“The gallery space is my favorite component,” said Delgado, himself a former marine and student of TAMSU-SA.

“It is right next to the ceremony room and it is a space for military members to leave items behind that promote healing and help them tell their story. Each item will be accompanied by an audio recording of from the individual that tells why the piece is important,” he said. “We chose to present the items through audio message because it is more moving to hear individuals share their stories themselves. The goal of the gallery is to inspire camaraderie and spark hope for healing.”

Texas A&M University-San Antonio.

Texas A&M University-San Antonio. Courtesy photo.

After speaking with numerous members of the Patriots’ Casa team, I was most struck by how deliberate each choice was. From the color palette, to the layout and size of each room – every aspect of the Casa was meant to echo the soldier’s story and promote healing through the formation of shared experience.

“The critical first step for healing was to create a space with a narrative. From the bottom floor to the top, from room to room, each step of the building drives awareness through shared space and shared story,”  said Paul Alt, a Chicago-based architect who has worked on many facilities that tailor to the needs of veterans, including Patriots’ Casa.

“Even the colors are deliberate,” said Alt. “We chose a lot of Texas earth tones and used a lot of local wood. We wanted to make a space that was warm and embracing but not overwhelming. It was important to choose colors that brought familiarity from the outside in … (high) contrast is also really important because it is easier for those with visual impairment from head wounds to get around.”

While areas in the building like the gallery and ceremony room represent places where healing can be celebrated, another critical component of the Patriots’ Casa is the on site, pro-bono counseling led by Dr. Albert Valadez, head of TAMSU-SA’s Department of Leadership and Counseling and marriage and family counseling graduate students.

“Having a counseling center on site is critical. It provides a space for military men and women and their families to see counselors trained in military culture,” Dr. Valadez said.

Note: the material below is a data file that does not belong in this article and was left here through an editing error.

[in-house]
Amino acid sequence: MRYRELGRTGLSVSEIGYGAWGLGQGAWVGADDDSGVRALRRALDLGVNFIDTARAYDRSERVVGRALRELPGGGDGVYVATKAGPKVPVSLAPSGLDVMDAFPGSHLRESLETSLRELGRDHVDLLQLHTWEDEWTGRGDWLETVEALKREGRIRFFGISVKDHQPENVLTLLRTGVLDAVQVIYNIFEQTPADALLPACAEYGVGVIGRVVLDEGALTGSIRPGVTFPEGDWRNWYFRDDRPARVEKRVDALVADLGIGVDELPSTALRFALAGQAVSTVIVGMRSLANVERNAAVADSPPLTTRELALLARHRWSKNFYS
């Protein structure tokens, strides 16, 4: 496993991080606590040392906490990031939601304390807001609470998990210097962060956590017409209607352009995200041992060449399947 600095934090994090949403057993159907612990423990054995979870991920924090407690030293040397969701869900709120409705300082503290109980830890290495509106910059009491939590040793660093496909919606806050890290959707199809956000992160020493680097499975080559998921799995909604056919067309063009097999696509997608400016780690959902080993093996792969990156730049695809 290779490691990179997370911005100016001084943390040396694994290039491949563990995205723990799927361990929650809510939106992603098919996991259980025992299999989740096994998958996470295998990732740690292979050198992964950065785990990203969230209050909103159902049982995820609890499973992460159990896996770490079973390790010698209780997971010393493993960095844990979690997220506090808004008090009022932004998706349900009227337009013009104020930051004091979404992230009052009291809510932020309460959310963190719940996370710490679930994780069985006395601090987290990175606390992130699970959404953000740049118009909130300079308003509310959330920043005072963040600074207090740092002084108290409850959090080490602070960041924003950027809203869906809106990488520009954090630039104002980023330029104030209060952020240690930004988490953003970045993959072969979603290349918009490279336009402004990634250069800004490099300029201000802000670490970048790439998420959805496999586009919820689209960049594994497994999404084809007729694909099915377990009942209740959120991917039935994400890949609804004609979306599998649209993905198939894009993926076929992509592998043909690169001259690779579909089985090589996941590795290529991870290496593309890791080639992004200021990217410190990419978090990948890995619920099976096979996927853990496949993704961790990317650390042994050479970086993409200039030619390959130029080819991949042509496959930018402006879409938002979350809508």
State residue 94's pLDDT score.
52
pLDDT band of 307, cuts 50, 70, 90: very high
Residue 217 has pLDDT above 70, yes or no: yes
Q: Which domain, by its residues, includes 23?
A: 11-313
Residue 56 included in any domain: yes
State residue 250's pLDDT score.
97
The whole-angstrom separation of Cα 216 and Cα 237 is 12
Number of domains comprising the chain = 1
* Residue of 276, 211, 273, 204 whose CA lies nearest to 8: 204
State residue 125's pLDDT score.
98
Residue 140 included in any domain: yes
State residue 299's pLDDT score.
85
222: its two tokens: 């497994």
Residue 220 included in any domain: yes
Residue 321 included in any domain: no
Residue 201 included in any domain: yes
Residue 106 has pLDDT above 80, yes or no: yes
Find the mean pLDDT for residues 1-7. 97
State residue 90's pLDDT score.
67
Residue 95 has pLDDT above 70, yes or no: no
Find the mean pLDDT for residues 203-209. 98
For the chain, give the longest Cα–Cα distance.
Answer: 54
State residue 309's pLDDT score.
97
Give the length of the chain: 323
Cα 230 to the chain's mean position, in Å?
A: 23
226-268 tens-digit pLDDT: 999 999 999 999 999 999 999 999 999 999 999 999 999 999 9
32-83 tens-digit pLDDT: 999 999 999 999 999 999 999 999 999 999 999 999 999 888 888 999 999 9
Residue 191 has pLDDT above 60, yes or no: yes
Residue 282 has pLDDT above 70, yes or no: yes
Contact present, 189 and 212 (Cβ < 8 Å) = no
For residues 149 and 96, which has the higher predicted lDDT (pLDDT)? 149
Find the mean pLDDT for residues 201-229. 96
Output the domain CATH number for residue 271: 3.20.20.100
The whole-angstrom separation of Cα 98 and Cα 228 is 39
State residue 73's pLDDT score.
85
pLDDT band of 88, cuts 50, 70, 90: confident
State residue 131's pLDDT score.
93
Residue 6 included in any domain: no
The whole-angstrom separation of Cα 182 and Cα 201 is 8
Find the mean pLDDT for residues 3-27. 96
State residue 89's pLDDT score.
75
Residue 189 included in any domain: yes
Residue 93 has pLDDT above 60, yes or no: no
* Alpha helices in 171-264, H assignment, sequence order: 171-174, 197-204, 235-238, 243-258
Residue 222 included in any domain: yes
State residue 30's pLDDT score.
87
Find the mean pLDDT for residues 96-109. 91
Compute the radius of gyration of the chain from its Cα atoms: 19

The center will add relief to an overwhelmed federal Veterans Affairs system while providing real life training for the students seeking a masters degree in counseling and guidance.

It is especially important for military veteran students to have a counselor that has an understanding of where they are coming from – someone who understands military culture. Many times counselors who see military patients are not familiar with the structure and as a result are apt to pathologize tendencies and conditions which stem from normal, everyday military experiences.

The $12 million Patriots’ Casa project will be fully functional for the fall 2014 semester and it’s expected become a model for campuses across the country.

According to Casey Annunzio, Patriots’ Casa lead architect and project manager at Munoz and Company, projects like the Casa are important because it is a way to serve the population that has given this country so much.

“Our focus is to dream big and create a space to help guide this population back to health,” Annunzio.

In the end, while the Patriots’ Casa is intended to provide a safe space for the military community, it is open to everyone. The team hopes that it will also be used as a space where civilian and military students can come, learn together and share and create new stories.


John Burnam is a nonprofit consultant currently working with San Antonio Christian Dental, Eyecare San Antonio, The Louise Batz Foundation for Bedside Advocacy, and The San Antonio Non-Profit Council. He works in patient safety, community health and well-being, and nonprofit development. He graduated with a degree in Classics and Art History from Trinity University and a Masters of Theological Studies from Vanderbilt before returning to SA last summer. Interested parties can learn more at: